Year of the Dog serial novel
by Camy Tang
Mari Mutou, a professional dog trainer, is having a bad year.
While renovating her new dog kenneling and training facility, she needs to move in with her disapproving family, who have always made her feel inadequate—according to them, a job requiring her to be covered in dog hair and slobber is an embarrassment to the family. She convinces her ex-boyfriend to take her dog for a few months … but discovers that his brother is the irate security expert whose car she accidentally rear-ended a few weeks earlier.
Ashwin Keitou has enough problems. His aunt has just shown up on his doorstep, expecting to move in with him, and he can’t say no because he owes her everything—after his mother walked out on them, Auntie Nell took in Ashwin and his brother and raised them in a loving Christian home. What’s more, his brother Dusty also needs a place to stay after being kicked out of his apartment—with a dog in tow. And guess who the dog’s owner is?
But then Ashwin gets a request from an old friend, Edytha Guerrero, a private investigator who also runs a day spa on O’ahu’s north shore. A strange bit of “vandalism” at Mari's facility had led her to find a purse belonging to Edytha’s sister—who had disappeared three years ago. Worried that Mari might be in danger, and finding out that security expert Ashwin already knows her, Edytha asks him to covertly keep an eye on the busy young woman.
Ashwin is reluctantly attracted to the lively, easy-going dog trainer. She reminds him too much of his happy-go-lucky mother, whose betrayal had caused him to keep people at a distance. Mari sees past Ashwin’s cold exterior to a man who is loyal to his family, unlike her own mother and sister, who only criticize her career choice.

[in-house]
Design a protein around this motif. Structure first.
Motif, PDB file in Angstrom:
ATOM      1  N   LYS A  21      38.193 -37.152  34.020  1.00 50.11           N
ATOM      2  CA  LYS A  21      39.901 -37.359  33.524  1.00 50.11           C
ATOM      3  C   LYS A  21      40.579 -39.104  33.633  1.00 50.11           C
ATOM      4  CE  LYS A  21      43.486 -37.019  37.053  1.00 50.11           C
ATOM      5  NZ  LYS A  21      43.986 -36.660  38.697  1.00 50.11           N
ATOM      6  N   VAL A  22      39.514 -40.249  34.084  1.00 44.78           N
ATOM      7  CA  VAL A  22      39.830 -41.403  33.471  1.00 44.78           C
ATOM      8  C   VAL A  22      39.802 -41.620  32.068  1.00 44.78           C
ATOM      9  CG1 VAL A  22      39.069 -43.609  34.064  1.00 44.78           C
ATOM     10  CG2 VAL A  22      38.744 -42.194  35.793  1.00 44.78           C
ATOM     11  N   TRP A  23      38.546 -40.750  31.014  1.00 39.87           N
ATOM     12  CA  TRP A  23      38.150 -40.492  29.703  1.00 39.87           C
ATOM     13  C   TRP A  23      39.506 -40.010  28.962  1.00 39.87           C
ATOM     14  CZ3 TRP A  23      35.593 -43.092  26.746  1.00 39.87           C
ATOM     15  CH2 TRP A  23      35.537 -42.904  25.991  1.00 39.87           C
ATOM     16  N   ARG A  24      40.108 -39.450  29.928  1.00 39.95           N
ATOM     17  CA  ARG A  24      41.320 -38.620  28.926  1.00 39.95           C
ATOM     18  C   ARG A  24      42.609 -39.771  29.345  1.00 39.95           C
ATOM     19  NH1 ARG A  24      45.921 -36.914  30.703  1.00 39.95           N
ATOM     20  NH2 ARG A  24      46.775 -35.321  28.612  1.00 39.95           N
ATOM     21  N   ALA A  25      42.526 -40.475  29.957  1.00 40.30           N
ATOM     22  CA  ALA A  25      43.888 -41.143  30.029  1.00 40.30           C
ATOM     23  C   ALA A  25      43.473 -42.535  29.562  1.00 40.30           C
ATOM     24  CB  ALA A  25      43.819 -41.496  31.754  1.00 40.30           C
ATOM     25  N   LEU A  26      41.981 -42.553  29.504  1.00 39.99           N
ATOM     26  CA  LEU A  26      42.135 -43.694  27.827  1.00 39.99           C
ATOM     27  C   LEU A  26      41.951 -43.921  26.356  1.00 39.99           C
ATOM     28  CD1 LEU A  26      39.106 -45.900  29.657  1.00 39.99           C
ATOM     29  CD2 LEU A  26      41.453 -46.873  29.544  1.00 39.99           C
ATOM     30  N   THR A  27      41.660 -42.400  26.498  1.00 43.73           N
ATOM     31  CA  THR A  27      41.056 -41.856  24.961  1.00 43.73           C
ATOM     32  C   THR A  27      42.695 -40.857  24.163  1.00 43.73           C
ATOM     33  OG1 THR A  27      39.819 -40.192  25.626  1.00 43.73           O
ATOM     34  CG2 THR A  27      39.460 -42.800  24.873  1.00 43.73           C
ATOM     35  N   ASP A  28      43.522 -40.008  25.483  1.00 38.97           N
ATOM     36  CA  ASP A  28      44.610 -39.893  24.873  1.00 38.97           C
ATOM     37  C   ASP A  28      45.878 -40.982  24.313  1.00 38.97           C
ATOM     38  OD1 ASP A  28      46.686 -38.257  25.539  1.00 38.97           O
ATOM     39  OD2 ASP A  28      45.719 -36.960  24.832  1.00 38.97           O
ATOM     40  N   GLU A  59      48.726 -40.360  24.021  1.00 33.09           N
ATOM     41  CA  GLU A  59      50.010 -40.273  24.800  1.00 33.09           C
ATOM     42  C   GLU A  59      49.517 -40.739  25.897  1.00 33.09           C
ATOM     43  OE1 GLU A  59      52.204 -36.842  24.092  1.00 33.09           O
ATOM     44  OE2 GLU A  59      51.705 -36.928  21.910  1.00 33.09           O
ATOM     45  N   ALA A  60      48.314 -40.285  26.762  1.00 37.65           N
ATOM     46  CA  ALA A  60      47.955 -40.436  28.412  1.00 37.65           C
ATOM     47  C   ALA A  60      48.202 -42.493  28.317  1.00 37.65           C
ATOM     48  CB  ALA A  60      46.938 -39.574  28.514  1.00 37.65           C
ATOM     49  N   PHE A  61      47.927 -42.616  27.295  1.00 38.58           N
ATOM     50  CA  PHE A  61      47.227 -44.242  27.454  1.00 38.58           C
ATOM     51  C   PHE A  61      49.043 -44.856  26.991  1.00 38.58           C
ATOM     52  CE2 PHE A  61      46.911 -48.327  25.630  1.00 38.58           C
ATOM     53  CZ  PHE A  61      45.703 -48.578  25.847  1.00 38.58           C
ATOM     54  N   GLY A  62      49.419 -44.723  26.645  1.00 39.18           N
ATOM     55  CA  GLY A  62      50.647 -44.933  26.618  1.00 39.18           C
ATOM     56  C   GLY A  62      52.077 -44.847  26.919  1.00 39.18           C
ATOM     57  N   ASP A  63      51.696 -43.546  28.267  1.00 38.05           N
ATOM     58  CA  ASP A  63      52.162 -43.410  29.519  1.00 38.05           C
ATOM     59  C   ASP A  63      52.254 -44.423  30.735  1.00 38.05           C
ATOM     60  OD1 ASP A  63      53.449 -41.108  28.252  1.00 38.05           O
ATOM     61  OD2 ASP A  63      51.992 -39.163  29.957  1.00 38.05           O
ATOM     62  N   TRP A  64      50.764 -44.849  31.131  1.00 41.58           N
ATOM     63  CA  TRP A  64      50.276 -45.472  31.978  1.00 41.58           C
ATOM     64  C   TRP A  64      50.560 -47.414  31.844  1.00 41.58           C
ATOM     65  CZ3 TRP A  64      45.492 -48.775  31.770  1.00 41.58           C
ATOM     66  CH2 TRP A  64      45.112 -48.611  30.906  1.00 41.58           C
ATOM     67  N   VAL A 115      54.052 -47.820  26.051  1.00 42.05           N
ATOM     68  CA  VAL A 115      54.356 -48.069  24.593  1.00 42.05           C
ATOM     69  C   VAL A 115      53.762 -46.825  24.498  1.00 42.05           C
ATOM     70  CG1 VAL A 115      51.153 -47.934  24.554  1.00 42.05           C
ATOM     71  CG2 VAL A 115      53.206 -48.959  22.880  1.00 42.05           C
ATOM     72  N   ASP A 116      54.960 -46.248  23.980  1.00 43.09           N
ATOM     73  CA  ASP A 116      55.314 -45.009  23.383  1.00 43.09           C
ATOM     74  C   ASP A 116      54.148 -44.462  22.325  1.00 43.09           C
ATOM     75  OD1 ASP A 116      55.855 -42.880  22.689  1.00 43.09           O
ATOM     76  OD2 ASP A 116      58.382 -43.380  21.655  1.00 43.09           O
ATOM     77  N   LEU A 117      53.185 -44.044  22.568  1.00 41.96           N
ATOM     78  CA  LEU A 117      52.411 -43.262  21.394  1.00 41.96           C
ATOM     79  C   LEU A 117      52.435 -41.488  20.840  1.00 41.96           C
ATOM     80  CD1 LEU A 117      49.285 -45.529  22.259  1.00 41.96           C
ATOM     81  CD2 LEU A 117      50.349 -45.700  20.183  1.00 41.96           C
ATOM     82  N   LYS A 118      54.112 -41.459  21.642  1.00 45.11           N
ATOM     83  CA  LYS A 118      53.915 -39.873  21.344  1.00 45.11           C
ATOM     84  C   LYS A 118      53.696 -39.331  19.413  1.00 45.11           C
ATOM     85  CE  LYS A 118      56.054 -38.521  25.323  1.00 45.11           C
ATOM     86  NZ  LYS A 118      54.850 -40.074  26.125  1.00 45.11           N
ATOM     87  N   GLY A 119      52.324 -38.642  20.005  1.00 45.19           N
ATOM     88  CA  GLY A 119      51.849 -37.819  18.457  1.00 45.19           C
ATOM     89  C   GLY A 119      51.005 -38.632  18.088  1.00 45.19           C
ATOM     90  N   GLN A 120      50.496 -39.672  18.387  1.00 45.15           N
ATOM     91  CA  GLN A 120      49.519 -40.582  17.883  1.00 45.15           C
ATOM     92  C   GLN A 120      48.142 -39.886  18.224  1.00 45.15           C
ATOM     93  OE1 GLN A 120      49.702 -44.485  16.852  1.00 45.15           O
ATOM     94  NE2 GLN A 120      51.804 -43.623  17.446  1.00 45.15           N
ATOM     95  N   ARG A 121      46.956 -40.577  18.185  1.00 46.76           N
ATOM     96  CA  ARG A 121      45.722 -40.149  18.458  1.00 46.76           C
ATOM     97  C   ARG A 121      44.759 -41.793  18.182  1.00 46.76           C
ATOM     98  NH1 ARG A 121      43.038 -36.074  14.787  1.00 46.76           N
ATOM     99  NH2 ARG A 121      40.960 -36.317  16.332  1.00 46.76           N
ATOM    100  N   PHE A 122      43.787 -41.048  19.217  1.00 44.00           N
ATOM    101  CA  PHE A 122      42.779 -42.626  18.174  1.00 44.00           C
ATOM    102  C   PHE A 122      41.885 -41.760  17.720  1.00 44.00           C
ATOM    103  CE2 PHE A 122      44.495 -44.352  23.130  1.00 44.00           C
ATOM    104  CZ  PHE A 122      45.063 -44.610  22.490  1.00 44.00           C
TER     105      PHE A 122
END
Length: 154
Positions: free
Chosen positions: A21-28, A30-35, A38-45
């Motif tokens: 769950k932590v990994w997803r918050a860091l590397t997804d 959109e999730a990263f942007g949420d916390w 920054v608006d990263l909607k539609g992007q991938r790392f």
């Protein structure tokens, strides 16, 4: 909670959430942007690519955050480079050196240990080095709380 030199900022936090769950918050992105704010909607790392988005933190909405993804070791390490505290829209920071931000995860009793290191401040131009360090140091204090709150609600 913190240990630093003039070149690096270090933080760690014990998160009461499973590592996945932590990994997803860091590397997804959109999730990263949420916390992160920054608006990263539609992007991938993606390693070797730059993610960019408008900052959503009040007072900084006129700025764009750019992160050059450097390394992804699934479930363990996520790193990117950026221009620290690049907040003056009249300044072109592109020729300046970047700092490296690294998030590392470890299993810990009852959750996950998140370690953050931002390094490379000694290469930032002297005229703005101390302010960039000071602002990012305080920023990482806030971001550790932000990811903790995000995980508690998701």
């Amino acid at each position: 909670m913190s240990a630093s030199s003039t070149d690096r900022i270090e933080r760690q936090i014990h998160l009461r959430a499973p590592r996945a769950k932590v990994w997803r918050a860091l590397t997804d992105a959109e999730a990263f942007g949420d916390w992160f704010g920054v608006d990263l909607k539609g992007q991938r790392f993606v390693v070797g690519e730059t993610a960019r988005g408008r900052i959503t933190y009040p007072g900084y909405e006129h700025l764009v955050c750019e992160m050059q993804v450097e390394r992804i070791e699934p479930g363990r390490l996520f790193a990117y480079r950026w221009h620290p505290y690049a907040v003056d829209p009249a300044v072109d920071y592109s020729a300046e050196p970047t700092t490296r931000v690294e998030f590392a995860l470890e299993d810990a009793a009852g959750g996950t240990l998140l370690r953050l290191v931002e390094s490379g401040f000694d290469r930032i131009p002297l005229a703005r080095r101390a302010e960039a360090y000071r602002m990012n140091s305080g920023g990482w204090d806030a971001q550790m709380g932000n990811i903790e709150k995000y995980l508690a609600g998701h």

In the midst of Mari’s disjointed family and Ashwin’s disruptive home, danger begins to circle around them from people who want the past to remain there. Can they shed light on the secrets moving in the shadows?
Chapter Nine - Hei, the Black Poodle
Mari’s heart was slamming in her chest as she walked toward the front door of her mom’s house. She jerked in surprise when an ear-piercing yapping exploded from the neighbor’s house.
What the heck?! She was a good twenty feet away from the corner of Mrs. Lee's house. However, Mrs. Lee's toy poodle, Hei, had his own special perch in front of the wide front window and objected to anyone coming within visual targeting range.
She rang her mom’s doorbell while making (admittedly juvenile) faces at the black curly-haired terror growling and barking at her from behind the safety of window glass. She heard the slap-slap of her mom’s house slippers as she made her way to open the door.
Her mother blinked at her. “Oh, you’re here. Good.” She turned and headed back toward the kitchen.
“Don’t stand there with the door open, you’ll let in all the mosquitos!”
Mari slipped in and shut the door, locking it behind her. Hei’s barking thankfully faded. Mari could swear that one day, Hei’s yapping would reach octaves high enough to shatter that window where he loved to threaten everything that moved.
She kicked off her shoes in the entry hall and followed the sound of a hand slapping a baby’s bottom—er, a round of whitish dough. Mom was kneading it at the kitchen table, and for some reason she liked spanking the floury ball.
Mom began cutting the dough into smaller pieces. “What are you standing around for? Go wash your hands and help me.”
Maybe she’d be more amenable to Mari’s petition if she helped her? She washed up at the sink, then went to stand across from her mother.